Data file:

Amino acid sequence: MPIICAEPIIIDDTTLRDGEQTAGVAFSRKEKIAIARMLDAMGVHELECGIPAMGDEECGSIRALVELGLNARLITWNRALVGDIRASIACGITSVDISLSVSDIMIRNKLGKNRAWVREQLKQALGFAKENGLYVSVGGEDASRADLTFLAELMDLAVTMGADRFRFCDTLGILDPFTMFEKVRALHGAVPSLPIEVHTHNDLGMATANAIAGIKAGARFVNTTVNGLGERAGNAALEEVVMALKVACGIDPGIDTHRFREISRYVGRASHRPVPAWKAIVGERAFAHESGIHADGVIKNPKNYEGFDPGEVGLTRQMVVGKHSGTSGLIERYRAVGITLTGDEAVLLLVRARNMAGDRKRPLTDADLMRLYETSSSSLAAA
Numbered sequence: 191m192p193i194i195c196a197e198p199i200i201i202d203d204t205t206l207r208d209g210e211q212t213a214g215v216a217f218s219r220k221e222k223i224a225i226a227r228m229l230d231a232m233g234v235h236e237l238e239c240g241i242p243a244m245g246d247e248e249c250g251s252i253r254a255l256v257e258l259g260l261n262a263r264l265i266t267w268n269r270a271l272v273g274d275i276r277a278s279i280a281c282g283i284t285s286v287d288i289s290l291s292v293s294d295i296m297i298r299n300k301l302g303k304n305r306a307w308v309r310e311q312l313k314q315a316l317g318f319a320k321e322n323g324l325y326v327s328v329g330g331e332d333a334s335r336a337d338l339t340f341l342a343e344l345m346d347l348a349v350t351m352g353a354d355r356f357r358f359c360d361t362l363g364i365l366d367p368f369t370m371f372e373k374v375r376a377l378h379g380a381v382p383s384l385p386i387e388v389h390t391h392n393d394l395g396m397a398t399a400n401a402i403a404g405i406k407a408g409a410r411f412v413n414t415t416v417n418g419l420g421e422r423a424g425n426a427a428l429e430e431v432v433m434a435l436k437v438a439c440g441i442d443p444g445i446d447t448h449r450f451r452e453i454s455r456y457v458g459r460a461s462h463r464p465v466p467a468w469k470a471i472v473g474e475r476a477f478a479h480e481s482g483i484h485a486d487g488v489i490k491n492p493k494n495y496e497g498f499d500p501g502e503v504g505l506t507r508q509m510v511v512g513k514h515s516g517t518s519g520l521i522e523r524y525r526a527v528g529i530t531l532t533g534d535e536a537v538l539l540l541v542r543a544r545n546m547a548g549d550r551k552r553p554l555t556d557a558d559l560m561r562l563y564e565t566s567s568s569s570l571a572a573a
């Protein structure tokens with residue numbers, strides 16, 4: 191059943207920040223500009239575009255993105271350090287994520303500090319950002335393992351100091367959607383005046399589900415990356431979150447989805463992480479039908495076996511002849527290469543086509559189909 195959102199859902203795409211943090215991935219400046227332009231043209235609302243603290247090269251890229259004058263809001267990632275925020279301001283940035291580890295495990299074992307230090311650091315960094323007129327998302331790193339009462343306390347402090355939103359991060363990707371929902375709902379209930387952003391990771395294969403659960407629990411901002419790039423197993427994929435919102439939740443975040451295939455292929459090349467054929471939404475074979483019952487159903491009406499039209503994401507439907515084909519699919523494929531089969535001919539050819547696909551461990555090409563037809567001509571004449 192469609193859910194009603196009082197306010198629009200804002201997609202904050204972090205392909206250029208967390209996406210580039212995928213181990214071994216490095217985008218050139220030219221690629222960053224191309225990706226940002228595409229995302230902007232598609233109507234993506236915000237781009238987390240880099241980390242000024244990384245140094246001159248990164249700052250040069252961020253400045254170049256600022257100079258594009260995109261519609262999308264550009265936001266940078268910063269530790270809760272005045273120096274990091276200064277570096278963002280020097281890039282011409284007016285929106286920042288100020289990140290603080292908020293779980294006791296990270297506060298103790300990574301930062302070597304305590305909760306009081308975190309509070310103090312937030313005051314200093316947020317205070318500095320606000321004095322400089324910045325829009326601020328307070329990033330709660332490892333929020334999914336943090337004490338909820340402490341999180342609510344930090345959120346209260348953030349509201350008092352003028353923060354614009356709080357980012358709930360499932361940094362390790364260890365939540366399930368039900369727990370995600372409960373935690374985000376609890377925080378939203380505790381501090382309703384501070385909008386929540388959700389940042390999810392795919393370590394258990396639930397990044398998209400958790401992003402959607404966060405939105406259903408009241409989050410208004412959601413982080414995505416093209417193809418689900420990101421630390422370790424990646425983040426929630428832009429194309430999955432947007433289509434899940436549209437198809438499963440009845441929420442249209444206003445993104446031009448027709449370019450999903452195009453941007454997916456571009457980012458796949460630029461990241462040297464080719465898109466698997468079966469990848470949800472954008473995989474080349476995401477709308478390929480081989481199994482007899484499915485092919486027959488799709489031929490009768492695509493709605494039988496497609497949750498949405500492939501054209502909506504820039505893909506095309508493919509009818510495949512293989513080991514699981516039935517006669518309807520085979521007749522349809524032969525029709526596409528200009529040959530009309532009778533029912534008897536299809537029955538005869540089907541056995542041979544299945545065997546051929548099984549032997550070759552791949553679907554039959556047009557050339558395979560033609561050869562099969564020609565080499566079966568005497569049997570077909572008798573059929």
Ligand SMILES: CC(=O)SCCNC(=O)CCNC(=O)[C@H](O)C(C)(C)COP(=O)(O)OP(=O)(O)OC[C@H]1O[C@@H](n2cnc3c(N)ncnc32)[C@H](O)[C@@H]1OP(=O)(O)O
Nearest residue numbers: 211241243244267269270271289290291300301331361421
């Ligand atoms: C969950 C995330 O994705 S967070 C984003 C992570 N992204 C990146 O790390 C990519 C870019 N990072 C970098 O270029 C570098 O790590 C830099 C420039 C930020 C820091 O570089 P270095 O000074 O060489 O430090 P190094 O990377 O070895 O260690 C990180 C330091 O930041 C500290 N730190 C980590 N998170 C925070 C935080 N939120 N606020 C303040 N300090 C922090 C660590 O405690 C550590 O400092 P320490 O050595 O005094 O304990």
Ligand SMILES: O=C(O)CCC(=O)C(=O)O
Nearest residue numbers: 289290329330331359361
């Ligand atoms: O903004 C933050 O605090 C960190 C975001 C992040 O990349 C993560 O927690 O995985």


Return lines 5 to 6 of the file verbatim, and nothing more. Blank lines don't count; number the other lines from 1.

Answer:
Nearest residue numbers: 211241243244267269270271289290291300301331361421
């Ligand atoms: C969950 C995330 O994705 S967070 C984003 C992570 N992204 C990146 O790390 C990519 C870019 N990072 C970098 O270029 C570098 O790590 C830099 C420039 C930020 C820091 O570089 P270095 O000074 O060489 O430090 P190094 O990377 O070895 O260690 C990180 C330091 O930041 C500290 N730190 C980590 N998170 C925070 C935080 N939120 N606020 C303040 N300090 C922090 C660590 O405690 C550590 O400092 P320490 O050595 O005094 O304990």